Moreover, using a storytelling method to convey your ideas is effective as it makes it easier for others to visualize and relate to. For example, Instead of saying, “Social media marketing is this much effective” say, “I was watching this funny video on social media where this and that happened and later I realized it cleverly showed me a few advertisements in-between”. 

  1. Master emotional intelligence

Our negative emotions can result in conflicts and miscommunication, therefore, it’s important to promote emotional intelligence at work. It’s usually better to take a preventive approach especially in cases of emotional behaviours, as finding triggers of such behaviours is more apt than managing an aftermath of the emotional outburst. Additionally, this further helps to deal with issues at their root level, thus cycling back to the prevention of the said behaviour in future.

Try to ask yourself, as well as your employees, the following questions to investigate triggers:

  • What are a few common triggers that evoke strong emotion within you?
  • Who are a few people that usually invoke these emotions within you?
  • In what circumstances do you usually lose your control of emotions?

Furthermore, You can use the ten-second rule to gain composure, you can even use mindfulness exercises to control your breathing and reassess the situation. Taking deep breaths while counting 1 to 10 is one of the most effective strategies for that. 

  1. Balance openness with assertiveness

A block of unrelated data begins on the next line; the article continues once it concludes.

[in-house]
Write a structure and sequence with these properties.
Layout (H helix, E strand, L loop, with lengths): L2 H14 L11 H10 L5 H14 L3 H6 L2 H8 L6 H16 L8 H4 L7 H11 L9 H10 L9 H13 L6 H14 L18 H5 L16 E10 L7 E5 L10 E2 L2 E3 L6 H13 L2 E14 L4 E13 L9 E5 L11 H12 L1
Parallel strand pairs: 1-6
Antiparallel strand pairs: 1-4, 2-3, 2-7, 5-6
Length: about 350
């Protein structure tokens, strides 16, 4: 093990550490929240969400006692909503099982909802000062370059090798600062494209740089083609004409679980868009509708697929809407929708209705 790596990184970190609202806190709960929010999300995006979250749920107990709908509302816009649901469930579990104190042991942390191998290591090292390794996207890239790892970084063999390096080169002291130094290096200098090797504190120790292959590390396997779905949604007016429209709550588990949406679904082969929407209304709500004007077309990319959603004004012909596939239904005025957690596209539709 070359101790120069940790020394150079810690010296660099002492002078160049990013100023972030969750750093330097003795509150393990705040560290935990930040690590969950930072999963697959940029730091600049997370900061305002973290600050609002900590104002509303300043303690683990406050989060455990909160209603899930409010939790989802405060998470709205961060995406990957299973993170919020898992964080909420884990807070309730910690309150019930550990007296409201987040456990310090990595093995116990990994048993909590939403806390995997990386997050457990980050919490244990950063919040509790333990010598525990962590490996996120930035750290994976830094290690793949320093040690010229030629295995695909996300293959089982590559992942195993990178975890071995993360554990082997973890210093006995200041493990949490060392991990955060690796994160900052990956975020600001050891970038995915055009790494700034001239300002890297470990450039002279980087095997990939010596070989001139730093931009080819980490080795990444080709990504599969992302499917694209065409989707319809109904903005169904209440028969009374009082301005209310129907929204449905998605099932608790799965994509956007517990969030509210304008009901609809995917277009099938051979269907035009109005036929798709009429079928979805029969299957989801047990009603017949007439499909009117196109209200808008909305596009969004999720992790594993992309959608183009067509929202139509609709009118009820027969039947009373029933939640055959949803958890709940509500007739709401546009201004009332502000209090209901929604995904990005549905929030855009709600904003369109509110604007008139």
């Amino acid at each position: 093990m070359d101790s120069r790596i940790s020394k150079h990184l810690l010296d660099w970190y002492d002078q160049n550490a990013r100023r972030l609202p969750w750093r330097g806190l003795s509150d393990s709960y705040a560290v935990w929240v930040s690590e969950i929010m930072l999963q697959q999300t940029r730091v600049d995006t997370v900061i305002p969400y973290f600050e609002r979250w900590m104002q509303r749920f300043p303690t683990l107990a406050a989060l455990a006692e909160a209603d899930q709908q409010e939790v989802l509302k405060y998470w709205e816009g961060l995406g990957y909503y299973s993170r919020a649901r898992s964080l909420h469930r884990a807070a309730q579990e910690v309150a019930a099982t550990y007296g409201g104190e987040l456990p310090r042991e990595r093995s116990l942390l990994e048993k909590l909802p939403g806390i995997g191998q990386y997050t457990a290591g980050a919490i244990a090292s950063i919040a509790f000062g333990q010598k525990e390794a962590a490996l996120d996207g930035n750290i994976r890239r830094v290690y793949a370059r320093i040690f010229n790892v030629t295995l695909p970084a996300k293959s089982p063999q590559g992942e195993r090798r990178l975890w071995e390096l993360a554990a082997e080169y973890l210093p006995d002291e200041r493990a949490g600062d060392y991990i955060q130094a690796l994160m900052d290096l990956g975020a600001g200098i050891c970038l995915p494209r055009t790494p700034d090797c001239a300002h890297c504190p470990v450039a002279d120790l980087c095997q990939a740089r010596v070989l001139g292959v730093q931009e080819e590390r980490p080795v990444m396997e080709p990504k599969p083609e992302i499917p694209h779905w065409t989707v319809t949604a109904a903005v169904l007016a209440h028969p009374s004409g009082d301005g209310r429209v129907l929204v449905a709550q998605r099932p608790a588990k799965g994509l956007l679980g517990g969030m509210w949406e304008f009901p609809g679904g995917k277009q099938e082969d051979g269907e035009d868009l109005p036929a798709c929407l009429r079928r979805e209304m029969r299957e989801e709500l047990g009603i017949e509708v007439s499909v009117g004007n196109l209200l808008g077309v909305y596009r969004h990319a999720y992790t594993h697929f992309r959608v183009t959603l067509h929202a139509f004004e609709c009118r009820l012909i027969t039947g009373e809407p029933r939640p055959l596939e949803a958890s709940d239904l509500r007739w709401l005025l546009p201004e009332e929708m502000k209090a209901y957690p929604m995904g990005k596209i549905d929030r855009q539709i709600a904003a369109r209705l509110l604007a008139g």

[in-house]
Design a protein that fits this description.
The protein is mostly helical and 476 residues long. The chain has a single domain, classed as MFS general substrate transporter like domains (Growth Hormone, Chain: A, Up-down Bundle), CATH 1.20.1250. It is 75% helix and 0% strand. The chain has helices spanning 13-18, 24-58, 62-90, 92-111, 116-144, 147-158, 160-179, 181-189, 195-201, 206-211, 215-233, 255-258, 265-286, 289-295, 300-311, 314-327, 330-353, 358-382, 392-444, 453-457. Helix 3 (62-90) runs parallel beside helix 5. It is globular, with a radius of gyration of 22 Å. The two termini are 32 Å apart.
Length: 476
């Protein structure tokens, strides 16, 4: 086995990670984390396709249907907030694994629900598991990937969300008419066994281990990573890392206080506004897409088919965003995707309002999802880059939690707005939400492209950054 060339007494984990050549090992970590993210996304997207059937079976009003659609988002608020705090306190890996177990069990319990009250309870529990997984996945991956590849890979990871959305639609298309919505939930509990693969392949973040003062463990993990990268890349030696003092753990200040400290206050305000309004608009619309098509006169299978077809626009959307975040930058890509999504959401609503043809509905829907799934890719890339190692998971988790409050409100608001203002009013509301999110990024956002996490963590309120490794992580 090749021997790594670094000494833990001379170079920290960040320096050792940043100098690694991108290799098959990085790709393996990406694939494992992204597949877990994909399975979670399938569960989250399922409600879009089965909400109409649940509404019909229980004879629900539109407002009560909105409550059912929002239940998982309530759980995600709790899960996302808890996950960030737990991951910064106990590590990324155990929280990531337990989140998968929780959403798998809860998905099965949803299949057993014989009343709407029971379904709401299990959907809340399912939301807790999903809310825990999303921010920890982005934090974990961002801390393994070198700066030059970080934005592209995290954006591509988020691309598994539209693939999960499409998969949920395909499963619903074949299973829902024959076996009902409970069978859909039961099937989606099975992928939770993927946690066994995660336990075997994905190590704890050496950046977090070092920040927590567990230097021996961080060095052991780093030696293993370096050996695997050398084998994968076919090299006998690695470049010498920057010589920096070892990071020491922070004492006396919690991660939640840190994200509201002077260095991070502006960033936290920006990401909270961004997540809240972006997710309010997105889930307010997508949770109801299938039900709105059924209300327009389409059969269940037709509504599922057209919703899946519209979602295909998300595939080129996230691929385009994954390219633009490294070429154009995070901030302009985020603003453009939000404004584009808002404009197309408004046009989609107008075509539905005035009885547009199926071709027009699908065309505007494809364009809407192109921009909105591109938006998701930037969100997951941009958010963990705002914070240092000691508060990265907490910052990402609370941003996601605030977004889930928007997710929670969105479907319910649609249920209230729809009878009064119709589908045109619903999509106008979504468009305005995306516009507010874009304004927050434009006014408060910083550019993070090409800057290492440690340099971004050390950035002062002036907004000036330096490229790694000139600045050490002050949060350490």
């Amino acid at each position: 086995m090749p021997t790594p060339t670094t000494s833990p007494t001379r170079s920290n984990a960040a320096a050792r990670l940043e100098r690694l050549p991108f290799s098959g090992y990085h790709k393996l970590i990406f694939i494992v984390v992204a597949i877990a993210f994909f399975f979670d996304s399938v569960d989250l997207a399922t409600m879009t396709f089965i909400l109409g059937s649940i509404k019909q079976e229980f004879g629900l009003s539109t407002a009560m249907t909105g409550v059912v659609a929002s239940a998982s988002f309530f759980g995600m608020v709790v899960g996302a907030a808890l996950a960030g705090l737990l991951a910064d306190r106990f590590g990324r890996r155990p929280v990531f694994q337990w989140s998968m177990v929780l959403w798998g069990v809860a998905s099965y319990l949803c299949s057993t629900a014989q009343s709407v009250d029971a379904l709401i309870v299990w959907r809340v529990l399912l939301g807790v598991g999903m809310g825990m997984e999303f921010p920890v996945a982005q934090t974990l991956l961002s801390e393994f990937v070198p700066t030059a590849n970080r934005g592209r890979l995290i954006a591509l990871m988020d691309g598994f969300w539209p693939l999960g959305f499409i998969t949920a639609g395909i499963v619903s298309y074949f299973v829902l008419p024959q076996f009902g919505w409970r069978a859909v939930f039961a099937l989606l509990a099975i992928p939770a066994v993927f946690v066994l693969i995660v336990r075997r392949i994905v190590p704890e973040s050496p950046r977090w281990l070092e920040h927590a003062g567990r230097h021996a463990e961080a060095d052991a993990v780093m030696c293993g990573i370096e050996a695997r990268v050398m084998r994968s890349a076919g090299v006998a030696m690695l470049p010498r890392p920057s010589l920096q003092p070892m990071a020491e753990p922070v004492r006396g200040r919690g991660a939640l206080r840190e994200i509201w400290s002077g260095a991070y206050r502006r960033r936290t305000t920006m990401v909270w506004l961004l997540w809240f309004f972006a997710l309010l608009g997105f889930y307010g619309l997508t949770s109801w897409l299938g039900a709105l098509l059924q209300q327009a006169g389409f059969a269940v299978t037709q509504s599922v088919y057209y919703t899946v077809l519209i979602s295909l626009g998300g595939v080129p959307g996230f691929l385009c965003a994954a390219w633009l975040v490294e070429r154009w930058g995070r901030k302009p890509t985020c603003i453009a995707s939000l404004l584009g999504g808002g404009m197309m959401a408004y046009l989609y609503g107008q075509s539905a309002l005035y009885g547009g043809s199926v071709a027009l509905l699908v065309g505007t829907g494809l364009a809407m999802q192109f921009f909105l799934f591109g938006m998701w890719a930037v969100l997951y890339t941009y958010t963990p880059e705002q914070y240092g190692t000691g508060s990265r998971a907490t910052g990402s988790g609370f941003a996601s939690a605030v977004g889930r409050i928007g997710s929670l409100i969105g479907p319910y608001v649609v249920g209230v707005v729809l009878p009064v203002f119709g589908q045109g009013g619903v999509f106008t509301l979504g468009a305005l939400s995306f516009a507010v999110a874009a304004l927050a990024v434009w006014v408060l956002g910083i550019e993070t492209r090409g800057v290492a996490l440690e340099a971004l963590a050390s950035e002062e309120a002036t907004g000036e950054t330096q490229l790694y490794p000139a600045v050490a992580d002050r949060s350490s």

It’s great to be tactful, however, you also need to convey your message in an assertive way to ensure that your own rights are respected as much as you are respecting others. 

To learn assertiveness you can try using the four key components of being assertive, which are, the situation, the feeling, the consequences, and the request. Start with explaining the situation along with how that’s making you feel, then explain the consequence of the situation, and at last, add in your request. 

For example, The situation is that because of you there is a two day delay in the delivering of a report. Then to make your coworkers prioritize this project you can say, “I know I am two days late for submitting this report and I am grateful for our hard work but because of the delay, I am feeling frustrated, annoyed, and embarrassed. The consequence is that our head manager is doubting our competency and my request from you is that we make this report our priority now and get this done by today itself”.

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Practice: Think about a situation where you need to deflect office gossip and comment on how you can do it with diplomacy. 

Diplomacy is all about managing your interests while keeping positive interactions at the workplace. It surely takes time to build, but it is a force that can boost your career.